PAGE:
Lubricated viscous gravity currents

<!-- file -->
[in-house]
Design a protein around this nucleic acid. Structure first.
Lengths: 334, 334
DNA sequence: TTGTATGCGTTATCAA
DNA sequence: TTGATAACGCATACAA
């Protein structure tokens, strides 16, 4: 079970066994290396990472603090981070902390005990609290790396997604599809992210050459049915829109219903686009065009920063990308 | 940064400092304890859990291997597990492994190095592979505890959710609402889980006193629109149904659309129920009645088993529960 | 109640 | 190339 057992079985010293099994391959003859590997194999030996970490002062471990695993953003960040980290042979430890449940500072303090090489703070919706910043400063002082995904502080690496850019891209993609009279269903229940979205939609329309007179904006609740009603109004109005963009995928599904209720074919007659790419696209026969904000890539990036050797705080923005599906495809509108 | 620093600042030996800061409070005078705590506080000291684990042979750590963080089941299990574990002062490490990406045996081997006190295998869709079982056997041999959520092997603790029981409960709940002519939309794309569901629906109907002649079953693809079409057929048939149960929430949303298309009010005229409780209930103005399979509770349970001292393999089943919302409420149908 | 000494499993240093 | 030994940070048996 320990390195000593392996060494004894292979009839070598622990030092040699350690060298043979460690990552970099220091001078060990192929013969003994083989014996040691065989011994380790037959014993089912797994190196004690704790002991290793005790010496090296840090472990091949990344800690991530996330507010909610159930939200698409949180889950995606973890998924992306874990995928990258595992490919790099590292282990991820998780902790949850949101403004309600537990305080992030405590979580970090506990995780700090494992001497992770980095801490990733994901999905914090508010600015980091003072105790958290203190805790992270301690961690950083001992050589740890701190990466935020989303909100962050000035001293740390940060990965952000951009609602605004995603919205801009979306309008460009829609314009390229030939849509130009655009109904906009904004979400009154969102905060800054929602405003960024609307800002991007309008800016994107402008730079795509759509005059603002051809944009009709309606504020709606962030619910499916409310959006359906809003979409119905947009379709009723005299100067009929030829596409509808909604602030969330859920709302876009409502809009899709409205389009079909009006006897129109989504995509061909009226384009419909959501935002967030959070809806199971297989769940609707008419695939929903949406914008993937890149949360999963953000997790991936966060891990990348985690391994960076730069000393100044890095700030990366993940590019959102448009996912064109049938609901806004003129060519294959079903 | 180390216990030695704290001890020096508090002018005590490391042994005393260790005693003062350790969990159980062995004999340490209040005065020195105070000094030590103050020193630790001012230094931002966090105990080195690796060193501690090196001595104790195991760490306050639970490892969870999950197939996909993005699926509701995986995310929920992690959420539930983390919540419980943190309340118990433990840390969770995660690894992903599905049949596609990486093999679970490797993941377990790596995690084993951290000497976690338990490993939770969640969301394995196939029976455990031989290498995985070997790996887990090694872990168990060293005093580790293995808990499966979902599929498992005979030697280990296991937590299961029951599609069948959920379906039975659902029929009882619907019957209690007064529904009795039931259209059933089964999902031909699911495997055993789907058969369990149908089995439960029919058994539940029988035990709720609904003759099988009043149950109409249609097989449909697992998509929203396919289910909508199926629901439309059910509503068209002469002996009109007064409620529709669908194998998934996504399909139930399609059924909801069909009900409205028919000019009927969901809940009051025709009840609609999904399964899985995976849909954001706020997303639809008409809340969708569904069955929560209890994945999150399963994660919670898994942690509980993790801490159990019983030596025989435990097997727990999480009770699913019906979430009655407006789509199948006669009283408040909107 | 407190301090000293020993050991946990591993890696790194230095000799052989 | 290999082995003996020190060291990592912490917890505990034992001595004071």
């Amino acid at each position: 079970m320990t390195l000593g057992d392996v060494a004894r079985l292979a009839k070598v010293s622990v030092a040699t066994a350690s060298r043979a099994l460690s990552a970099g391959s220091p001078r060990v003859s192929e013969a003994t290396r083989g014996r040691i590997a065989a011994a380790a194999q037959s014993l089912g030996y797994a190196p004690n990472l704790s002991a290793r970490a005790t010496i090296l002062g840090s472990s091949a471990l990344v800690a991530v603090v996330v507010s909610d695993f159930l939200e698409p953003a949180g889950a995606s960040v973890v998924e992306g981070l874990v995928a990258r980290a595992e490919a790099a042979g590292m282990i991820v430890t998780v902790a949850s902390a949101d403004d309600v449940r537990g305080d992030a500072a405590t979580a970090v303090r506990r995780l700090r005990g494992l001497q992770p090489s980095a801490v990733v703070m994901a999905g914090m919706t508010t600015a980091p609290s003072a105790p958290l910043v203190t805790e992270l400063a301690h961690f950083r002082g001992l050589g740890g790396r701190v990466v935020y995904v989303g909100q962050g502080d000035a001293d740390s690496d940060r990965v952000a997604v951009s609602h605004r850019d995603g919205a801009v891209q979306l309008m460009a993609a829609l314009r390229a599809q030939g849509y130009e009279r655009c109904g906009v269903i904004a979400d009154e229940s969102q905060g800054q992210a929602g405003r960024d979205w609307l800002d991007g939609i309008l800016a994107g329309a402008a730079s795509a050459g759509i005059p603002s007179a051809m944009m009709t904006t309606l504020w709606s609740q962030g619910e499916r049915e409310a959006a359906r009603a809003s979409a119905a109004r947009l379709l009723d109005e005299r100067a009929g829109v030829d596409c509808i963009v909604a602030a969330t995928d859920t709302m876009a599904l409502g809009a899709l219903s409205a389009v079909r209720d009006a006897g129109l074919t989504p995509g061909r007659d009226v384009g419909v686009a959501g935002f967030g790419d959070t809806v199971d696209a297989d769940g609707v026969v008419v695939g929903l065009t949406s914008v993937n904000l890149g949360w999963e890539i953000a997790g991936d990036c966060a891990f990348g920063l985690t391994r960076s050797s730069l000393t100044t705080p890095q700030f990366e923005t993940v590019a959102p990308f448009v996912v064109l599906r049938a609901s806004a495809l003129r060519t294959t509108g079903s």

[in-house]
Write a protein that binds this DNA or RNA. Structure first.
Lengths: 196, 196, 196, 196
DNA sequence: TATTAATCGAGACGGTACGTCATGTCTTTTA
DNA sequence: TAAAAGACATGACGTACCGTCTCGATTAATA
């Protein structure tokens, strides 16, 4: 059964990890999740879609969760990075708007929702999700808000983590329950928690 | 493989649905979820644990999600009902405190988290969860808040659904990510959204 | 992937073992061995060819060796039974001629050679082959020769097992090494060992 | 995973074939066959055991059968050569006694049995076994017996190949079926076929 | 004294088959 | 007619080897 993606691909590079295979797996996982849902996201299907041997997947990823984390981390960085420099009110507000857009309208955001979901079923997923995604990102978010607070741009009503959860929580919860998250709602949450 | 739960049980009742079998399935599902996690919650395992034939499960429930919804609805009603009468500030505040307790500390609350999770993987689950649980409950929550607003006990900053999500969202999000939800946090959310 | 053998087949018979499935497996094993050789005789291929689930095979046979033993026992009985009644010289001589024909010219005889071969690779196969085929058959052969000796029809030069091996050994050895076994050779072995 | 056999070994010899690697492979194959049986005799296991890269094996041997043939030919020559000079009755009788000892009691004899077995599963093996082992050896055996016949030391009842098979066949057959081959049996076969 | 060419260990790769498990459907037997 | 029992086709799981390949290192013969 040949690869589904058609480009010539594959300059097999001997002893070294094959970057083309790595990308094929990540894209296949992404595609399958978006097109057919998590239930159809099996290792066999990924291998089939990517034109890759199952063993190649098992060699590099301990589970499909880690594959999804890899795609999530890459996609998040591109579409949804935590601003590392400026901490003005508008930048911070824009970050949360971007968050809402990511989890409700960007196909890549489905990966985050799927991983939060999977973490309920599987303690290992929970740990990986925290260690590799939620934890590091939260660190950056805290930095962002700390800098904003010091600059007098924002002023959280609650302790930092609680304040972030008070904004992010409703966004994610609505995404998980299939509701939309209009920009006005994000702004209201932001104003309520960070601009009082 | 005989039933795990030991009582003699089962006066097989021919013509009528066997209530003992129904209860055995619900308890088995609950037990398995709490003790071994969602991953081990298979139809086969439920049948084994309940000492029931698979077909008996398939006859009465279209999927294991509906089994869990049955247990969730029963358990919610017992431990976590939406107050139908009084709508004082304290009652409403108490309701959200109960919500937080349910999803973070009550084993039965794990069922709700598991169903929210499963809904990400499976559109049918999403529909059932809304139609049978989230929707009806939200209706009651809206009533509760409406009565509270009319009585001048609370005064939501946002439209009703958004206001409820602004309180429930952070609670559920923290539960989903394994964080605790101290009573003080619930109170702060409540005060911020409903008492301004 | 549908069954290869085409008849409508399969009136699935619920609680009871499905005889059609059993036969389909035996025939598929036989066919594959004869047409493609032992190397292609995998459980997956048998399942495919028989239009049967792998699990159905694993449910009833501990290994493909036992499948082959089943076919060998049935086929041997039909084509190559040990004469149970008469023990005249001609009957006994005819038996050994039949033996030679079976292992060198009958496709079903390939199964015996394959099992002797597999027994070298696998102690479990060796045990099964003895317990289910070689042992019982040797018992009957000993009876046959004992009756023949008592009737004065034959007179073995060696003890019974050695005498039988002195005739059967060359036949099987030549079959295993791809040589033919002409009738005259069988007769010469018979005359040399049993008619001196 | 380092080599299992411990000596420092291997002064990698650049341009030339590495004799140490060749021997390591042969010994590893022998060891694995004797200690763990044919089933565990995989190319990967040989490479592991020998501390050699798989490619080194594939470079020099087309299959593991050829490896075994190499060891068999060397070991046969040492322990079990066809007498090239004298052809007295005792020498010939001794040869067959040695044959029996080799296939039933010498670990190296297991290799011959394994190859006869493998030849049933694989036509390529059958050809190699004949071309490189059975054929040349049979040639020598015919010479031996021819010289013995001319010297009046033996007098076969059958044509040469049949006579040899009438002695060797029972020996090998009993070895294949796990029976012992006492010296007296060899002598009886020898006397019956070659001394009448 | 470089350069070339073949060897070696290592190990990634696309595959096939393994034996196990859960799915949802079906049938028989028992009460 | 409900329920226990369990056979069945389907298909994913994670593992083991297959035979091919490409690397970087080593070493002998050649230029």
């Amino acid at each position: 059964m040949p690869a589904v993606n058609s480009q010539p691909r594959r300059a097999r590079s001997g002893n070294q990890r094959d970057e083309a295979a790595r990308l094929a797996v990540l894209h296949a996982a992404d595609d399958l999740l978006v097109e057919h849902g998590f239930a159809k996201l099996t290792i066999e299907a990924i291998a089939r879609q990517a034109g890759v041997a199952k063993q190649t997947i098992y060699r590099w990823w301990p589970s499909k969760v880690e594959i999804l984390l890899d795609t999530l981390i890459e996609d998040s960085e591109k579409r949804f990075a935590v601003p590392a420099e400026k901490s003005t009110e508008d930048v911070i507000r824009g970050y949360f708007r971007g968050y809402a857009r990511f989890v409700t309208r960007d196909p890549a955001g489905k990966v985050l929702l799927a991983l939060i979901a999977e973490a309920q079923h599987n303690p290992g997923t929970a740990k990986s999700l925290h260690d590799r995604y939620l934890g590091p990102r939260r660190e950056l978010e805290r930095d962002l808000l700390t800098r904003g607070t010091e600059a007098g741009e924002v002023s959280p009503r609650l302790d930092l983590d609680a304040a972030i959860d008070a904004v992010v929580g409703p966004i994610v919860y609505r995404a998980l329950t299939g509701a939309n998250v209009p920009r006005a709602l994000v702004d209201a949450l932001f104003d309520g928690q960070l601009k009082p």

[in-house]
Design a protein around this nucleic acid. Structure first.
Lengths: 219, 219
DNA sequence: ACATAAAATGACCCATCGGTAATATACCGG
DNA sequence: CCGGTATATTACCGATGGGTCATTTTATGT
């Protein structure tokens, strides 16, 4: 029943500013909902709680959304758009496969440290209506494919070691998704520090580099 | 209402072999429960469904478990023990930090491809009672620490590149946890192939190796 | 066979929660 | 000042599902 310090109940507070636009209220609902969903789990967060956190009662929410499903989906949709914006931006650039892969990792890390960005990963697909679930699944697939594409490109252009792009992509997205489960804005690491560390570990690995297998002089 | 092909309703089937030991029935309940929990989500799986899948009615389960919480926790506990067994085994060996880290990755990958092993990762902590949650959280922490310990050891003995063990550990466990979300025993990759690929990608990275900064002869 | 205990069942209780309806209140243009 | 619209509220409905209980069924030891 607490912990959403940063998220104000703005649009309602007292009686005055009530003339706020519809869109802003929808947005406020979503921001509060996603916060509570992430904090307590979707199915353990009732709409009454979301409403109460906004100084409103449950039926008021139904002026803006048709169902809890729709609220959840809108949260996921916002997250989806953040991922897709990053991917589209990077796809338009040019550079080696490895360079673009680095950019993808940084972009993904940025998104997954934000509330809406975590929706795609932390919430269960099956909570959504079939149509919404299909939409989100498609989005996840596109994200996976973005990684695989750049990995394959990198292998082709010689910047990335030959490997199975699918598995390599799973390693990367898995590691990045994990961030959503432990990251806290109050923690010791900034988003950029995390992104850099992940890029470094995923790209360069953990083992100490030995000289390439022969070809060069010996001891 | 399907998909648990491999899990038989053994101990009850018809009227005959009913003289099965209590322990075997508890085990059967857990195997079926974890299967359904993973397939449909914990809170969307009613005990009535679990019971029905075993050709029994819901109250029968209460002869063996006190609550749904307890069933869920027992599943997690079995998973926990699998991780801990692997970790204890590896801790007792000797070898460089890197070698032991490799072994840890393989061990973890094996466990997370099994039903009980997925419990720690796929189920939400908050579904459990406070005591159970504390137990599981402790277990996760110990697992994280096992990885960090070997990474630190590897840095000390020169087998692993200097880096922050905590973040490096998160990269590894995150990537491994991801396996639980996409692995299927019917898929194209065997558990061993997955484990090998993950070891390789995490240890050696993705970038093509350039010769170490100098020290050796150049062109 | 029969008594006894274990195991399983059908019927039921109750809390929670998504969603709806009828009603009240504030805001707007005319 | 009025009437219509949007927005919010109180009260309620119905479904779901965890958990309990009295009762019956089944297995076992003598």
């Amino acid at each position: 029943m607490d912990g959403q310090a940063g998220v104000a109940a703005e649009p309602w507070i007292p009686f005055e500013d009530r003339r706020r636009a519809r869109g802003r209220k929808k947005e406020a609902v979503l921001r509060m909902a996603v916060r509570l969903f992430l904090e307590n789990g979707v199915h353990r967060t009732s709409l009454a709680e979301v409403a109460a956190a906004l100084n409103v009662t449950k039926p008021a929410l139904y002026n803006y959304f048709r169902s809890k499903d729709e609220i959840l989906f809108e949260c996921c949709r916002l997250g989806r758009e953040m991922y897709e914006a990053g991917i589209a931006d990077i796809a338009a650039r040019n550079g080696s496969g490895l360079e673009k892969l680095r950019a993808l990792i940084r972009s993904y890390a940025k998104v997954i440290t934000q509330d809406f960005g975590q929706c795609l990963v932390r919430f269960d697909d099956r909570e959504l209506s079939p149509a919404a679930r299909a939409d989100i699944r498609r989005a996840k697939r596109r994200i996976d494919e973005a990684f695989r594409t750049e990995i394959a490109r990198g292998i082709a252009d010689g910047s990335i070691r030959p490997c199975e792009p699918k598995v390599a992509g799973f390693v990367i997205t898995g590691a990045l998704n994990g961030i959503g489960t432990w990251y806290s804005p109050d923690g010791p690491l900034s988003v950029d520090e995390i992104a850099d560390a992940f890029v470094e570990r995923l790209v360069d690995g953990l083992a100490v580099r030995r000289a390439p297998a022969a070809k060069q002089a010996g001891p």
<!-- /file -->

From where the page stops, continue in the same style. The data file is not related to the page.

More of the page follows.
We present a theoretical and experimental study of viscous gravity currents lubricated by another viscous fluid from below. We use lubrication theory to model both layers as Newtonian fluids spreading under their own weight in two-dimensional and axisymmetric settings over a smooth rigid horizontal surface and consider the limit in which vertical shear provides the dominant resistance to the flow in both layers. There are contributions from Poiseuille-like flow driven by buoyancy and Couette-like flow driven by viscous coupling between the layers. The flow is self-similar if both fluids are released simultaneously, and exhibits initial transient behaviour when there is a delay between the initiation of flow in the two layers. We solve for both situations and show that the latter converges towards self-similarity at late times. The flow depends on three key dimensionless parameters relating the relative dynamic viscosities, input fluxes and density differences between the two layers. Provided the density difference between the two layers is bounded away from zero, we find an asymptotic solution in which the front of the lubricant is driven by its own gravitational spreading. There is a singular limit of equal densities in which the lubricant no longer spreads under its own weight in the vicinity of its nose and ends abruptly with a non-zero thickness there. We explore various regimes, from thin lubricating layers underneath a more viscous current to thin surface films coating an underlying more viscous current and find that although a thin film does not greatly influence the more viscous current if it forms a surface coating, it begins to cause interesting dynamics if it lubricates the more viscous current from below. We find experimentally that a lubricated gravity current is prone to a fingering instability.